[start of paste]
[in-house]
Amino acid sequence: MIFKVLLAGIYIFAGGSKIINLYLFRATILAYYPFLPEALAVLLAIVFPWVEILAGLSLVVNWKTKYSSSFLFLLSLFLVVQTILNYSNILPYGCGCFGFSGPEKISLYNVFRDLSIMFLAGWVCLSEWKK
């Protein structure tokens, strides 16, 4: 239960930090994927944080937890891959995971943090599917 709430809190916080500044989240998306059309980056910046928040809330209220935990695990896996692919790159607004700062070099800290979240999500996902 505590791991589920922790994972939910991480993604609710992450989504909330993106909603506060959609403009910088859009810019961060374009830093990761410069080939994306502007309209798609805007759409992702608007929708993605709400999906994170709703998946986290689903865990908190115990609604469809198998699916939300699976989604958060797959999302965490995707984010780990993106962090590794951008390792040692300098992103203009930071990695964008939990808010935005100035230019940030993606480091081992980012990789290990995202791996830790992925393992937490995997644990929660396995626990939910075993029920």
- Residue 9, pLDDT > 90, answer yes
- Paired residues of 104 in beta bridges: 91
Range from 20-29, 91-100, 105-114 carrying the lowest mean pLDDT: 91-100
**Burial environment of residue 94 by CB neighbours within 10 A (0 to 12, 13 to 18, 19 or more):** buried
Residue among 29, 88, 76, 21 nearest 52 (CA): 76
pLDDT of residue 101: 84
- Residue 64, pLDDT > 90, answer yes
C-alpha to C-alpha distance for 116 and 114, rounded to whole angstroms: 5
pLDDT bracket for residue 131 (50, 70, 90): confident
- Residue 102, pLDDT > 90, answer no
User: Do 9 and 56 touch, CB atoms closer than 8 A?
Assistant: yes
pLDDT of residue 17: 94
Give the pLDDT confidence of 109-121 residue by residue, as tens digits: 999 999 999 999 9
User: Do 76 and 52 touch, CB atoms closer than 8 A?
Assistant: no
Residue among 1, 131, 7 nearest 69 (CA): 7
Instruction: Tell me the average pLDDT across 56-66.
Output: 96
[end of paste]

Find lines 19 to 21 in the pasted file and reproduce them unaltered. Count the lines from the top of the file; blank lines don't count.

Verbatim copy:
Assistant: no
Residue among 1, 131, 7 nearest 69 (CA): 7
Instruction: Tell me the average pLDDT across 56-66.